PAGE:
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Webb-Ellis embraced by French as their own

SPOTLIGHT: William Webb-Ellis may or may not have been the creator of rugby but the residents of the French Riviera town of Menton where he is buried have embraced the Englishman as one of their own.


His grave in Le Vieux Chateau cemetery with a vista of the Mediterranean looks out over the town of 30,000 people – quite a climb for those of a delicate disposition, but for rugby lovers it is a pilgrimage.

Webb-Ellis is the man who, according to legend, first picked up the ball, thus establishing the basic principle of rugby.

His final resting place has been spruced up at the behest of the veteran councillor responsible for cemeteries, Patrice Novelli.

A new guard rail, which has a couple of rugby shirts left by visitors draped over it, has been installed, the tomb surface cleaned and there is now a small green verge to leave flowers.

“They are occasionally overcome by the view of the sea and forget it is a cemetery,” the cemetery guardian Patrick Gilli told AFP.

“It is not that they are being intentionally disrespectful but I have to remind them that this is above all a place of contemplation.”

– ‘Godfather’ –

There is also a street named in Webb-Ellis’s honour and St John’s Anglican church, which is lower down from the cemetery close to the sea, has a plaque dedicated to him.


Webb-Ellis himself, though, remains a man of mystery – his grave was only uncovered in the late 1950s, by a local journalist.

He might or might not have first come to Menton for pastoral reasons or he came, like many of his compatriots, because the climate was reputedly beneficial for those suffering from tuberculosis.

He certainly appears to have borne no ill will against the French, despite his British Army officer father being killed in the Napoleonic Wars.

Being a man of the cloth he would probably derive greatest pleasure from Rugby Club Menton Webb-Ellis nurturing their own flock of school children.


The amateur club’s two co-presidents have displayed typical French flair using France’s hosting of the World Cup to move with lightning speed to place rugby firmly at the centre of the town’s culture.

No easy task given that it is the last town before the border with Italy and football dominates this region.

Jean-Baptiste Martini, a former prop, and Julien Repiquet, who took up rugby in 2007, initiated the Webb-Ellis Challenge, now an annual event.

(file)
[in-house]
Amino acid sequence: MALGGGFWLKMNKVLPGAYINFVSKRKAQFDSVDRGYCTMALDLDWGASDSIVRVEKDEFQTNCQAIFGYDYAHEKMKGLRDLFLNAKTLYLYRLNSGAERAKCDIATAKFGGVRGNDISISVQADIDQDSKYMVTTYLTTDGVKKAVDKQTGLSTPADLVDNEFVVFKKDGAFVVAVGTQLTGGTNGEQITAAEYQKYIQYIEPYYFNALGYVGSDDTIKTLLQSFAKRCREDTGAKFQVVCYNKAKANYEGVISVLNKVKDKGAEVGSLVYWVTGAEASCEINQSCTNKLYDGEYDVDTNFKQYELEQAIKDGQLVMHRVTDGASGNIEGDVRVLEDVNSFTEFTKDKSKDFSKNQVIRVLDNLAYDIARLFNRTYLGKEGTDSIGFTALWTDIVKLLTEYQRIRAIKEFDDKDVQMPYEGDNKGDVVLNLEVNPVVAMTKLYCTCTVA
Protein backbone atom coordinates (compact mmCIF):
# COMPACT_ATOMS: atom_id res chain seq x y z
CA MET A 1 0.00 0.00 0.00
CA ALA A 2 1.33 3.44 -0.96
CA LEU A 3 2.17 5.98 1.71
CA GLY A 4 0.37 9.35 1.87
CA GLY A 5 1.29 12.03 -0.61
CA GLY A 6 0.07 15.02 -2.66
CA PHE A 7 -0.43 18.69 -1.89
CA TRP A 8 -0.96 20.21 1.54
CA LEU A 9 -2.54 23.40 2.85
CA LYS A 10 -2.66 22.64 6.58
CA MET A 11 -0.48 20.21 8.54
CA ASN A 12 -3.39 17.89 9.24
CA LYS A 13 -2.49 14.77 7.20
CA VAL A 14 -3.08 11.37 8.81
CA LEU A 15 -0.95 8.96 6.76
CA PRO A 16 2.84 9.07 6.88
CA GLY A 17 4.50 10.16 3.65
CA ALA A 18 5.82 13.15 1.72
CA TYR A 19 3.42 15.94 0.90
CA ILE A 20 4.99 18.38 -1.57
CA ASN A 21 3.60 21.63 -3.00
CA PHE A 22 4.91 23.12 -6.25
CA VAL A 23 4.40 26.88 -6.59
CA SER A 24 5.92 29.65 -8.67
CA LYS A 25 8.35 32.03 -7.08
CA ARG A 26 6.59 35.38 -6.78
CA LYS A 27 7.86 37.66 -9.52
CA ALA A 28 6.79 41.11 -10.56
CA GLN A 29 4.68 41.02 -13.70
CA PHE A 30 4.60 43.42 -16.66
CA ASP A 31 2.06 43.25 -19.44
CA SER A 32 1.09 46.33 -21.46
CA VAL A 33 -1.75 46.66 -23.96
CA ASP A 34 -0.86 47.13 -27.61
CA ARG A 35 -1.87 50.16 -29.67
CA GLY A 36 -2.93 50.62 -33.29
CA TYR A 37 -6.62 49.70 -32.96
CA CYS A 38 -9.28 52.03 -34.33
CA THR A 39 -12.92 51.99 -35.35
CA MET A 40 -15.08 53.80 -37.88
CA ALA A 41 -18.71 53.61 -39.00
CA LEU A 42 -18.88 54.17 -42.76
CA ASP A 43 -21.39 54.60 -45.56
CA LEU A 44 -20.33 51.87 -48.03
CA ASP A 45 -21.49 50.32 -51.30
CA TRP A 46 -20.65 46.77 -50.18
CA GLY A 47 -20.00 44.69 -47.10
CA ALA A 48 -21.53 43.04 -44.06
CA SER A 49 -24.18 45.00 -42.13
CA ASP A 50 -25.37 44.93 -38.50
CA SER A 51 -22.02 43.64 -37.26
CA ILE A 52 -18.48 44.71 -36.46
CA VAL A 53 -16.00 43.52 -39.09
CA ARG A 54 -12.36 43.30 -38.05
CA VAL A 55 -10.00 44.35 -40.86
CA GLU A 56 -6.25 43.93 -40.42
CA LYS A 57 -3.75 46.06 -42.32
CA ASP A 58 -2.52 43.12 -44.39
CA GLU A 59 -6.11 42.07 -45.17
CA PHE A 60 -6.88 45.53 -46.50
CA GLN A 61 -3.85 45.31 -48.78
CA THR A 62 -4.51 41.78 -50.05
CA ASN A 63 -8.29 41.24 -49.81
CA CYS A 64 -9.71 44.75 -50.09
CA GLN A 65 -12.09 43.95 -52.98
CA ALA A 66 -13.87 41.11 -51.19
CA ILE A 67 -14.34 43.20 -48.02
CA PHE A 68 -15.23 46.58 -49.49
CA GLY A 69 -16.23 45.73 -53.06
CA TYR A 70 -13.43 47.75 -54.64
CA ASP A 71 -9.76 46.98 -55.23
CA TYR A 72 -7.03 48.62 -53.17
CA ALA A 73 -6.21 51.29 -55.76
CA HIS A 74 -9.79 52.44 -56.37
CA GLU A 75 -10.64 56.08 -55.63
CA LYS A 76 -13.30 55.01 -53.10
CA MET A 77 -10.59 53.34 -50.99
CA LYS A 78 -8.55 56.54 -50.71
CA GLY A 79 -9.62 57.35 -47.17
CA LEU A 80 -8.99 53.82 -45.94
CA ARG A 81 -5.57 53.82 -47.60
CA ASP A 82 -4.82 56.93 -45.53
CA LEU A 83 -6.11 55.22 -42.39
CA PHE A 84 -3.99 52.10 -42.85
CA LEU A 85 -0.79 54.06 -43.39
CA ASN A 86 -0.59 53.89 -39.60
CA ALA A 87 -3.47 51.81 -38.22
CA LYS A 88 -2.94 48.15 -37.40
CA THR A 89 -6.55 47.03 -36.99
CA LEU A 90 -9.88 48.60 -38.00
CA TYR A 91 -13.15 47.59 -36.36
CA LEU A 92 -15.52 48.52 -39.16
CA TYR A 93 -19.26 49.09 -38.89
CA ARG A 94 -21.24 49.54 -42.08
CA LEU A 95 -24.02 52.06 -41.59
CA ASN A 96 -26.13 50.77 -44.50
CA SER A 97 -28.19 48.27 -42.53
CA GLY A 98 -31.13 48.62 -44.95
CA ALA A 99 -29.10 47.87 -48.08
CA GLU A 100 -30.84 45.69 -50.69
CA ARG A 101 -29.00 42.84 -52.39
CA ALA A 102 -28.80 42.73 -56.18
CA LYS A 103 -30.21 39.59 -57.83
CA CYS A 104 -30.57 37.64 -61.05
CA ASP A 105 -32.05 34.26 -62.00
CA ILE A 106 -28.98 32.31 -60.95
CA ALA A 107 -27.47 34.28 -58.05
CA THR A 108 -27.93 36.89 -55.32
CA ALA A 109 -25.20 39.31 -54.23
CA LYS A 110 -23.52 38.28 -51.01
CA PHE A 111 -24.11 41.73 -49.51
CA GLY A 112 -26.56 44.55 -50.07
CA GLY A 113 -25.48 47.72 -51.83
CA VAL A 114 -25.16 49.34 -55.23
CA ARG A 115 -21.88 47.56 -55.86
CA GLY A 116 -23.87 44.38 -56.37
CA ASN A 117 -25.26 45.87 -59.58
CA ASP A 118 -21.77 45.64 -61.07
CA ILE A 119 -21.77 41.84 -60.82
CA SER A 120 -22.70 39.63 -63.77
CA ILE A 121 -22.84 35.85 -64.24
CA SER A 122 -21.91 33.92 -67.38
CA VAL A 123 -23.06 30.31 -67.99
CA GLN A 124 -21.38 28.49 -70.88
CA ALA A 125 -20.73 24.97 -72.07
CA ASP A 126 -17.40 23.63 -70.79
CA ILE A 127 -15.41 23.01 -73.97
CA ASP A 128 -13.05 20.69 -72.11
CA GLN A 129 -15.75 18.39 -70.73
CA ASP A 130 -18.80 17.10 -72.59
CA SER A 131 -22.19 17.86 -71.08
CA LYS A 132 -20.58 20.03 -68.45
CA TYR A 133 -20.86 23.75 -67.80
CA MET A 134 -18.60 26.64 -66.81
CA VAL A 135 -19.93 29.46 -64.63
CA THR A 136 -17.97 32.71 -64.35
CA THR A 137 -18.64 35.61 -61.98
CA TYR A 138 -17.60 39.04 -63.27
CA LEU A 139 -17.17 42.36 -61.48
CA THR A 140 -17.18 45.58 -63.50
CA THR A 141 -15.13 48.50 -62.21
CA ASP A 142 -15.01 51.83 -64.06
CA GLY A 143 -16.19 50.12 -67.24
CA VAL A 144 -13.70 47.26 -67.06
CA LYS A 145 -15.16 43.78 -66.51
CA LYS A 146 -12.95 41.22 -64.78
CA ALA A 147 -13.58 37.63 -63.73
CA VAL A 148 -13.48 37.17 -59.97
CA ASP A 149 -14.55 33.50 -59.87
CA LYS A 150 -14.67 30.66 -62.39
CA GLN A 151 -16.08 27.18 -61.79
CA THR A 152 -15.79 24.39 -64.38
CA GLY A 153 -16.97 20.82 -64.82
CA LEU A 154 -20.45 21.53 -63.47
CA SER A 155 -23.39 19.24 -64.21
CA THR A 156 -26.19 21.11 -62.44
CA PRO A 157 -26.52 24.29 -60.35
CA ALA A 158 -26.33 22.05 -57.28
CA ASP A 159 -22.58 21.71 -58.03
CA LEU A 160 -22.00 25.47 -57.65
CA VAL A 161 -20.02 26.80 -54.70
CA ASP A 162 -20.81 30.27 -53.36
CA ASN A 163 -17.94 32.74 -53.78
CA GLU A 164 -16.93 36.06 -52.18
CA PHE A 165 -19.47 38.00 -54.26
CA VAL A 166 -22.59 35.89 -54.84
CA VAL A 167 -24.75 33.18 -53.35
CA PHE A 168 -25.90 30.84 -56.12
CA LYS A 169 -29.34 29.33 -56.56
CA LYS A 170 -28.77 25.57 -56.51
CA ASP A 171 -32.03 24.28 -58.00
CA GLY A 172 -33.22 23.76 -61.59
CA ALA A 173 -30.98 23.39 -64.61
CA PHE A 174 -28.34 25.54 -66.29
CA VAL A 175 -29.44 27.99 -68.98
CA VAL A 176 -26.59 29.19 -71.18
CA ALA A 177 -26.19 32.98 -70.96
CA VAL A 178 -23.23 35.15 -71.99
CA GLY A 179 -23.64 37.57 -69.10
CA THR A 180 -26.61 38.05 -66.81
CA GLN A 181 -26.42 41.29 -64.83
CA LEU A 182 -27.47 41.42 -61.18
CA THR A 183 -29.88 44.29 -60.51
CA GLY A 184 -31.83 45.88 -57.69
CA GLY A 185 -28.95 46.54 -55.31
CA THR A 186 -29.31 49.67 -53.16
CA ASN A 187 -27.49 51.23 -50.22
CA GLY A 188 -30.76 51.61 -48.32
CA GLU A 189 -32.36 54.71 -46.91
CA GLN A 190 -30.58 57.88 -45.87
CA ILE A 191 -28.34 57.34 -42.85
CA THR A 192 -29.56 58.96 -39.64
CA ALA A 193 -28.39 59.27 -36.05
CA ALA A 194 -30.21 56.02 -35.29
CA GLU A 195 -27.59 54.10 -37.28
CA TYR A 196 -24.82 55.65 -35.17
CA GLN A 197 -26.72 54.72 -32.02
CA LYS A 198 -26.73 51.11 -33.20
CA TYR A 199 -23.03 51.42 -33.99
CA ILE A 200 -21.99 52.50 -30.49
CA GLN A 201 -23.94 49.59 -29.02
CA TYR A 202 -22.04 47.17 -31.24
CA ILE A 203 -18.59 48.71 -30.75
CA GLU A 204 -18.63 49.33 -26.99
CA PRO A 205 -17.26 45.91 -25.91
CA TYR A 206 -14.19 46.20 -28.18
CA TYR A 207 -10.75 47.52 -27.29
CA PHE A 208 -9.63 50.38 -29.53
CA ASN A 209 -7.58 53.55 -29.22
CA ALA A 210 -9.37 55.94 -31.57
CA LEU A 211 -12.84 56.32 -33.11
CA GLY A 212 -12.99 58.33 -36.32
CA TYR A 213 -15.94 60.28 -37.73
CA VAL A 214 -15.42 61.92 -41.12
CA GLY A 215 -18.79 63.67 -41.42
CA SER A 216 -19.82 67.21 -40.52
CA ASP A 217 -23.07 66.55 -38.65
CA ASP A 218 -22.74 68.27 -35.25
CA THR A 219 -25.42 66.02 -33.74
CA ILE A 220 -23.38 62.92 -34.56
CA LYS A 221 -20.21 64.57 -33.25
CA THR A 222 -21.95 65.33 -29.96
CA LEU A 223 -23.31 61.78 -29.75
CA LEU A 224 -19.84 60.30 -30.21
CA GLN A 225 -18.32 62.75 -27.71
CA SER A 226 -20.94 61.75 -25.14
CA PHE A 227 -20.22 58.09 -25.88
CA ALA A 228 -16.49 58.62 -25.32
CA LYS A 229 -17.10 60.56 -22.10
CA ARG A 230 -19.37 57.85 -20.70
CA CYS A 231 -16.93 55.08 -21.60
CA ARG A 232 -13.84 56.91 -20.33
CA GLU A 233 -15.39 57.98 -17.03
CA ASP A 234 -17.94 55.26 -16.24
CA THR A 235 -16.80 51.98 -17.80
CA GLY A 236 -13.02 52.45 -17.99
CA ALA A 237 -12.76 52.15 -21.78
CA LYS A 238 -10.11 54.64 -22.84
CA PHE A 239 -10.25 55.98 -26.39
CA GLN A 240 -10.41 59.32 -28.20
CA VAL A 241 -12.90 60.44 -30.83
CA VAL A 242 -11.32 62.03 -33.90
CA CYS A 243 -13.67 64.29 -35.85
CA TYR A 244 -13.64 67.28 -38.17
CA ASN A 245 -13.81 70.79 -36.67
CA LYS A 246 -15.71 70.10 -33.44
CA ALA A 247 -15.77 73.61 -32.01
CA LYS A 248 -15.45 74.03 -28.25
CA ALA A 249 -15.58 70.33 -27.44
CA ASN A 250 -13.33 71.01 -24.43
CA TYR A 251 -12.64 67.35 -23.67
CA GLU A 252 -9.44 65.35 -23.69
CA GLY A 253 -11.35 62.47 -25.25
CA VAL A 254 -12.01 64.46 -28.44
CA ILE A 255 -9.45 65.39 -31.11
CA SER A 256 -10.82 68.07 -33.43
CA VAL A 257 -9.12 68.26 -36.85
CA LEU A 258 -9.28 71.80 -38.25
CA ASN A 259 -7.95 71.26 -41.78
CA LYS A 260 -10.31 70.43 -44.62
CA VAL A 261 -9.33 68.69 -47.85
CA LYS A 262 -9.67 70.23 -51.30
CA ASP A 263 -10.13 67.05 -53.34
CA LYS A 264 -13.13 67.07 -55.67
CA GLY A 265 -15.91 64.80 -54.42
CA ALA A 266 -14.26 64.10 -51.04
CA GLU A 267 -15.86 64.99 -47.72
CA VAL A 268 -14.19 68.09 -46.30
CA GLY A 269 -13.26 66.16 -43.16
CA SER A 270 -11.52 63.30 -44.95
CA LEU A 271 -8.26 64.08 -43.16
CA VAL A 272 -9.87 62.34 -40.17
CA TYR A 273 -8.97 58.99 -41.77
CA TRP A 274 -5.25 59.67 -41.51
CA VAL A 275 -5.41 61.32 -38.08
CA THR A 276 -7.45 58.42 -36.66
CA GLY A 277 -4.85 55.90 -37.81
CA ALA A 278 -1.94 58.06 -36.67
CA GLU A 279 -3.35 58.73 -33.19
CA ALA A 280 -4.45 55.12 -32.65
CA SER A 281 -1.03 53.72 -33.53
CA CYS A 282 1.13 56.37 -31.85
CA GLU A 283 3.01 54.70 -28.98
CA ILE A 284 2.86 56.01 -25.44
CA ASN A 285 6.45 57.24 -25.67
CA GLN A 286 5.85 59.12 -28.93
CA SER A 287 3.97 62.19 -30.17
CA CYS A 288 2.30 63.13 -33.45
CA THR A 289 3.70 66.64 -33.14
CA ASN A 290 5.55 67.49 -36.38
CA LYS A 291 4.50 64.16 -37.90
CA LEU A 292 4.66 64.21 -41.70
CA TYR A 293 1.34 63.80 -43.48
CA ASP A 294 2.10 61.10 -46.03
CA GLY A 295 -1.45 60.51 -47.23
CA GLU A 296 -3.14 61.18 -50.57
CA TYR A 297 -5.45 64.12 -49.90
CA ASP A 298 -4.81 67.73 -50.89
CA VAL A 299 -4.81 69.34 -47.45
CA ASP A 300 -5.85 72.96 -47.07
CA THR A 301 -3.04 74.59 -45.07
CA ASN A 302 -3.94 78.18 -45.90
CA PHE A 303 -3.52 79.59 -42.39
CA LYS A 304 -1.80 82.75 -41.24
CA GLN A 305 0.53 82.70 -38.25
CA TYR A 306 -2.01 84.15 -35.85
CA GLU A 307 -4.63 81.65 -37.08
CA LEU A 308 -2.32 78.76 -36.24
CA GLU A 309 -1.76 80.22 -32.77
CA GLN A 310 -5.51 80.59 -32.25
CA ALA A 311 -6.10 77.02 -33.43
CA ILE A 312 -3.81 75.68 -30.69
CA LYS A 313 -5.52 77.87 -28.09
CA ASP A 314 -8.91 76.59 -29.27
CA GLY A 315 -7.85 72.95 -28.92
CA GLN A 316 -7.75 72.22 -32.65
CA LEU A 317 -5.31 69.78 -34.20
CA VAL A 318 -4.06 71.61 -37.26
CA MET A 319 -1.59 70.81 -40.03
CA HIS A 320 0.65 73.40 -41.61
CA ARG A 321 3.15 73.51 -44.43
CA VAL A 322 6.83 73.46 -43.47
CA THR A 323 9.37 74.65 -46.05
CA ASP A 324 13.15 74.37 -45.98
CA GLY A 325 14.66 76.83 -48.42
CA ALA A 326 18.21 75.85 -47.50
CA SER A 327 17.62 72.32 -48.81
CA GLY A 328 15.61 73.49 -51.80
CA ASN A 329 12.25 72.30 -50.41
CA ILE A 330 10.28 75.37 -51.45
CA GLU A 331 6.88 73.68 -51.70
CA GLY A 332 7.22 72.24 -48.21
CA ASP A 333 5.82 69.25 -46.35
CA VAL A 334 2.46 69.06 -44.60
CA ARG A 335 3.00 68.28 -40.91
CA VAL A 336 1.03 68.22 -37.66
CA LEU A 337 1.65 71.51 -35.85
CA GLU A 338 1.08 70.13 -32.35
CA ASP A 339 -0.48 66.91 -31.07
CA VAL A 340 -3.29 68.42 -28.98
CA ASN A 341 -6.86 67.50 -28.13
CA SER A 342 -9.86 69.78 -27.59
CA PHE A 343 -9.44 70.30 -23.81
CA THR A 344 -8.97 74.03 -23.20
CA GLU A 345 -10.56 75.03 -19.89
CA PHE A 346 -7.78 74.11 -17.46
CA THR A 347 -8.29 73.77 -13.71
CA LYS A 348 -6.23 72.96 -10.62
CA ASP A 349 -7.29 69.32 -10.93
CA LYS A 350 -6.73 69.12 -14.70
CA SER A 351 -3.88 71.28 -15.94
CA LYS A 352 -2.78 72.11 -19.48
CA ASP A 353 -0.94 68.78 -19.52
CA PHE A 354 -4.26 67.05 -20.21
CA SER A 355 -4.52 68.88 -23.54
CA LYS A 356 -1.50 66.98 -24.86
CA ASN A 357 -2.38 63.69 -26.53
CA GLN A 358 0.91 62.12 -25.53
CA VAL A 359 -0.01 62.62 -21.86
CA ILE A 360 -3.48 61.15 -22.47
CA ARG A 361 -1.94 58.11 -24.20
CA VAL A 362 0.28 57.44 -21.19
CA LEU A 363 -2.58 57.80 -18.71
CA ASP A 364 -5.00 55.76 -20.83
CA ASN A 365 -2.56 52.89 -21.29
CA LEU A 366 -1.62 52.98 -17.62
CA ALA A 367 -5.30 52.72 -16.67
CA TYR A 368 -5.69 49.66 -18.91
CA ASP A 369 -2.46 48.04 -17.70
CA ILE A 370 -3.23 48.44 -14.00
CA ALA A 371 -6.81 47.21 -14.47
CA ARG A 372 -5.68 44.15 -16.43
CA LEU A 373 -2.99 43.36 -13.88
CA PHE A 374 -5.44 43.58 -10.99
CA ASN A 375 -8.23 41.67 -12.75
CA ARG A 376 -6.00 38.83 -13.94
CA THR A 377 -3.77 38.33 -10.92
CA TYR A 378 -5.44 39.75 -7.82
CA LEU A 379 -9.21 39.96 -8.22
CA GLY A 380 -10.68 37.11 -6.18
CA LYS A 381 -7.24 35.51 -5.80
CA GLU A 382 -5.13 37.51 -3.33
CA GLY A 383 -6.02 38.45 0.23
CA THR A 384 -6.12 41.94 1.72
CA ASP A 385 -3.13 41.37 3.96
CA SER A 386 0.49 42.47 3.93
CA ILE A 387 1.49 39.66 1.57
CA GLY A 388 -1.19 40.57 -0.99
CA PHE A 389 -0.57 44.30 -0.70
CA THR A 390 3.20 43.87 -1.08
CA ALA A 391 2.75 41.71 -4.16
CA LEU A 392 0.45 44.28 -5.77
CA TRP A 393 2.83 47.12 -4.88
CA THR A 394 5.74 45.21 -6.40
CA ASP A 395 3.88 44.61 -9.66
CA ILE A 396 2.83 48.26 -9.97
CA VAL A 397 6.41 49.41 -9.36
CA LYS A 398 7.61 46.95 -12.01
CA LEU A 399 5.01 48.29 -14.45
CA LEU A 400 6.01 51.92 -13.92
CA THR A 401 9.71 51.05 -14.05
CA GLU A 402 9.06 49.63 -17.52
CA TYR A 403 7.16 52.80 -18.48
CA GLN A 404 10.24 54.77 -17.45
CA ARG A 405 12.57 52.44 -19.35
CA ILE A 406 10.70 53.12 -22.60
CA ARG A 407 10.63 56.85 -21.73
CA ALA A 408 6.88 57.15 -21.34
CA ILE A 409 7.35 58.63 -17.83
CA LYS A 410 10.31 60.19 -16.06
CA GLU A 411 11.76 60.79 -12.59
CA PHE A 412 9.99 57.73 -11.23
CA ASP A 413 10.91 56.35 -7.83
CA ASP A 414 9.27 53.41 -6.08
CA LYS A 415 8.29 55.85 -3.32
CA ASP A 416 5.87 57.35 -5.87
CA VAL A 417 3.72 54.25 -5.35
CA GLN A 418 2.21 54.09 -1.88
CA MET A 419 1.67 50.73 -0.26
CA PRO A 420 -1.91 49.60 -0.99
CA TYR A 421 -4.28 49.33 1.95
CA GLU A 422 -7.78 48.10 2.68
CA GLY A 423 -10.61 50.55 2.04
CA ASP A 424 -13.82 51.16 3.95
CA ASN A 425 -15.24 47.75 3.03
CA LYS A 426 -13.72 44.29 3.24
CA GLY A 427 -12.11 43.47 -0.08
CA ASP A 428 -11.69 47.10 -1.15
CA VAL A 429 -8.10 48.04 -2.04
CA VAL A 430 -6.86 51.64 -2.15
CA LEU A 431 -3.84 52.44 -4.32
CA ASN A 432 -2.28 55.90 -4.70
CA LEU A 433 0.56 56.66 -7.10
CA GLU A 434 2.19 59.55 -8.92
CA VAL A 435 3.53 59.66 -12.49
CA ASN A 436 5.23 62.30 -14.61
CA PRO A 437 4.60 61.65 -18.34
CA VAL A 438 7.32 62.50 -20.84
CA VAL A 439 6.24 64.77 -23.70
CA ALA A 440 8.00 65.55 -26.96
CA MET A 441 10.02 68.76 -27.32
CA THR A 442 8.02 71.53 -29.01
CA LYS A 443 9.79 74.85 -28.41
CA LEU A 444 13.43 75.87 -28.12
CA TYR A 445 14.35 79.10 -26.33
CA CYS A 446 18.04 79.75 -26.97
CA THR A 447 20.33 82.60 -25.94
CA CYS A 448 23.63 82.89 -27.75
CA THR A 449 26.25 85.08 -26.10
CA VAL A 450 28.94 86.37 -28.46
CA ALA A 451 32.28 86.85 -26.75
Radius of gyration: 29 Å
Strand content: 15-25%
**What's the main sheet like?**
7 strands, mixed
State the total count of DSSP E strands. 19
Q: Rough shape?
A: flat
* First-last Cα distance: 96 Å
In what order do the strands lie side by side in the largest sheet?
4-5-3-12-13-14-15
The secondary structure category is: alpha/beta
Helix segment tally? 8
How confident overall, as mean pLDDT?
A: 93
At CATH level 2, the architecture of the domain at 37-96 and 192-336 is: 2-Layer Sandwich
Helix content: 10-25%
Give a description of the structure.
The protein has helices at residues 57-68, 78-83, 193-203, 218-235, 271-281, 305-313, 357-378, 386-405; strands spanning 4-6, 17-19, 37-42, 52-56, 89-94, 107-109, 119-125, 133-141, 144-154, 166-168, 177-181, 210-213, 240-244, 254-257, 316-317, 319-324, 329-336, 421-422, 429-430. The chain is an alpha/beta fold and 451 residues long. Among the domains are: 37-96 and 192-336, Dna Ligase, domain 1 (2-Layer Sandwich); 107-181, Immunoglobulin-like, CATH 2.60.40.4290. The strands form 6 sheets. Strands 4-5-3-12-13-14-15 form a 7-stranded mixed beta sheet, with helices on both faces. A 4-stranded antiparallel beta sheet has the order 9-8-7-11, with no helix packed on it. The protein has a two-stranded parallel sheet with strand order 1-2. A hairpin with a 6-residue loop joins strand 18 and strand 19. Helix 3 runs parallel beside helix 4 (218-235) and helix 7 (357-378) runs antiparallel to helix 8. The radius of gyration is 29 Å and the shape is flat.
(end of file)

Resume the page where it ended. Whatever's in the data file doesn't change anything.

“This was the culmination of Lucas Betron, a coach at the club, visiting the schools in the area and introducing them to rugby and also the name of Webb-Ellis,” Repiquet told AFP at the club headquarters.

“Then in June we welcomed one and sometimes two teams from the schools, 350 pupils in all, for the Webb-Ellis Challenge with former France captain Jean-Francois Tordo as the godfather of the tournament.”

– ‘We have Webb-Ellis’ –

Repiquet and Martini, who has been president of the club since 2004 and admits it is a passion that will “not feed me nor my family” as he dispenses both his money and time for free, have also developed close ties with Rugby School.

The prestigious private establishment in central England is where Webb-Ellis is said to have first taken the ball in his hands.

“The Webb-Ellis story is funny because there is a belief that both the Romans and the Greeks played a form of it,” said Martinez.

“At the Paglio in Florence, which dates back centuries, they play a type of rugby, using their feet and hands.

“Attention, though,” he said. “For me the Webb-Ellis story is true. Whether he was the first or not is open to debate.

“Every sport requires a particular moment or a spark to set it on fire, and he provided it for rugby,” added the 46-year-old.

Webb-Ellis’s renown and fame only goes so far with the Menton youngsters, though, as Repiquet concedes.

“If I were to put 50 of them in front of you and asked them who Webb-Ellis was, I would wager just 10 would know the answer,” the 40-year-old said with a chuckle.

However, thanks to Martini and Repiquet’s efforts a meeting with the headmaster of Rugby should soon transform that.

“We had a very fruitful meeting with him after a church service one Sunday,” said Repiquet.

“Along with J-B we approached the town hall to see if we can organise lodgings for around 20 students and teachers as an exchange for a week.

“In return we will send 20 youngsters and teachers there.”

Martini and Repiquet have combined with the town hall to set up a 21-stop QR code tour of the town – and a shorter ‘safari’ one for children – which finishes at the tomb, melding Webb-Ellis’s story, rugby history and the town’s past.

Jean-Claude Alarcon, the councillor responsible for Sports, had been banging the drum for Menton and rugby at the opening of a new club house at Toulon.

“I said we might be stuck between Italy and Monaco but do not forget us,” he told AFP.

“We show up well too, not least because we have Webb-Ellis.

“We also have William Percy Carpmael, the founder of the Barbarians, who is buried in Menton.”

And would a request to return Webb-Ellis to England be successful? It seems the chances are as high as out-of-form England’s hopes of lifting the Webb-Ellis trophy for a second time.

“We will not be giving him back,” said Novelli.

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